No to the mining bosses’ strike-breaking offensive! No to worker-on-worker violence – unite in mobilising for a general strike for R12 500!
The Workers and Socialist Party (WASP) condemns the strike-breaking offensive launched by Lonmin this week and calls on workers in the platinum sector to counter the employers’ divide-and-rule tactics by rallying the support of all mineworkers, poor communities and workers across South Africa behind their demand for a R12 500 living wage. It is clear that the platinum bosses, with Lonmin at the head, with the full backing of the government are attempting to deal the strike a mortal blow this week. Police Minister Nathi Mthethwa has made clear that the government is, once again, availing its police to serve the mining bosses against the workers. A state of emergency in all but name is likely to be unleashed on Marikana in particular as from tomorrow to back up the divisive attempts by Lonmin, soon to be followed by Impala Platinum and Amplats, to effect what they call a ‘mass return’ to work tomorrow (Wednesday May 14).
WASP also condemns the assault and murder of strike-breakers. Since Sunday, at least three Lonmin workers have reportedly been murdered and several others assaulted. Whether these acts are the work of striking workers or agents provocateurs out to provide the justification for a police clamp-down, they express the tragic division of workers which serves only the bosses. The strength of the strike can only be secured through genuine workers’ unity, which must be based on democratic workers’ control over the strike and clear direction. This, again, is the only basis on which the R12 500 demand can be won. Since the beginning of this strike, WASP has warned of the danger of division and called on AMCU to mobilise the support of all mineworkers and mining communities along with workers and working class communities across SA. A general strike is what is posed if we are to defeat the mining bosses.
They are hell-bent on defeating this strike – but not because they “cannot afford” the R12 500. According to the Labour Research Service, the average annual profit of just nine of the major mining companies was R39 billion in 2011 – enough to pay each mineworker R88 000 a month, or to increase the mining workforce times four, creating jobs for 2.3 million workers, on R12 500 a month. Amplats just rewarded its CEO Chris Griffith with R4m bonus, to mention one example of the obscene riches of the preachers of poverty.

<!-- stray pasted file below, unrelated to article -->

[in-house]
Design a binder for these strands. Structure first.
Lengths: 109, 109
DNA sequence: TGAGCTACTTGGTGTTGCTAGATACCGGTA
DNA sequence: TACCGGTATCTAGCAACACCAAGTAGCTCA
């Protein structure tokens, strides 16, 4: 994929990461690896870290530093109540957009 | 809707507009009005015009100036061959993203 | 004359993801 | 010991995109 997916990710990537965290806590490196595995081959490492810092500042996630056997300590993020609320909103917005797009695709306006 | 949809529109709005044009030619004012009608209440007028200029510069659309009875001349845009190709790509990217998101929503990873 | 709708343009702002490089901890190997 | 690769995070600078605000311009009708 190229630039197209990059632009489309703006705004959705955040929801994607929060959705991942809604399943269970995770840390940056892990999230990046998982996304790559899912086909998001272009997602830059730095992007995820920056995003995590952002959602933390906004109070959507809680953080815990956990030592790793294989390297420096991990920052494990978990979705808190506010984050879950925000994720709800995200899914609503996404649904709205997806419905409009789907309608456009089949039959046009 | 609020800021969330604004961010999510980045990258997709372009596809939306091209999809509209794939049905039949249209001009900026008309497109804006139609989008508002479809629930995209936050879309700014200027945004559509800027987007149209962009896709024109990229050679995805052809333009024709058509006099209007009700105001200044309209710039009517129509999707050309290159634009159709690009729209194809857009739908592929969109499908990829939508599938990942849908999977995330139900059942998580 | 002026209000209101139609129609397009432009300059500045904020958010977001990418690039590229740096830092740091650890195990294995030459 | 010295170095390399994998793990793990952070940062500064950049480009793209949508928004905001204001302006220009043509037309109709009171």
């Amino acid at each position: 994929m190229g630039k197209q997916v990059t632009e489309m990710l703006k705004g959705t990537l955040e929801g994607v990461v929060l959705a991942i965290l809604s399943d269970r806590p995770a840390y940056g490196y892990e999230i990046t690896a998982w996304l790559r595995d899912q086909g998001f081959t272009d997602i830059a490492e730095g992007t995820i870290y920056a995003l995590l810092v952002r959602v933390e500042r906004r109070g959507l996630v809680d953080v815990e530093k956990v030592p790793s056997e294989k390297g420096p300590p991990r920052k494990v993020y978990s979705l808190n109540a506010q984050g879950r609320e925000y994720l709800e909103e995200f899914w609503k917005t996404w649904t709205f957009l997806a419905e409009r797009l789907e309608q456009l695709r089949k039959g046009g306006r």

As Lonmin CEO Ben Magara told media at a press conference on Monday, the problem with the R12 500 is that “we’d be setting a precedent if we accede to the demand”. The mining industry, the backbone of the SA economy, is built on ultra-cheap labour and massive profit margins as well as total disregard for the environment and the development of the wider economy and society. They are prepared to use every trick in the book not to rock that boat. To give in to the AMCU-led workers would also be a serious political set-back for the bosses and the government – they are out to kill not only this strike, but the very idea that workers’ mass action has the power to force meaningful concessions out of them.
WASP applauds AMCU’s decision to set up a strike fund. However, for the fund to be effective in sustaining the unity and determination of the strike, it needs a serious cash injection that can be paid out to the tens of thousands of workers who are taking strain after almost four months without pay. We call on AMCU to use the funds accumulated through the membership fees of its over 100 000 members to sustain the striking workers.
WASP was formed by mineworkers’ strike committees together with the Democratic Socialist Movement, which played a key role along with the strike committees in leading the strike wave which followed the Marikana massacre in 2012. WASP contested the elections that took place last week as one of the means by which to build a new political party for workers and poor people. Although we did not get enough votes to win a seat, we are determined to continue the battle to build a party that can unite the working class under the banner of struggle and socialism. WASP stood in the elections on the R12 500 demand as well as on the struggle for the nationalisation of the whole mining industry under democratic control by workers and communities, linking these issues to the need to overthrow the capitalist system and create a socialist society.
WASP stands for building strong, worker-controlled and fighting trade unions. We do not support the ‘WAU’, which we believe is a creation of the bosses and the government to divide and confuse workers. We have concerns over issues such as corruption, democratic workers’ control and fighting strategy when it comes to the AMCU leadership but we urge all AMCU members to stay inside AMCU and organise to investigate and correct any such wrongs. In particular, we cannot afford division when faced with a major battle such as this strike. It is precisely for that reason, however, that we must defend democratic and free discussion and engagements within the union and allow all the best fighters to play a part in taking the struggle forward.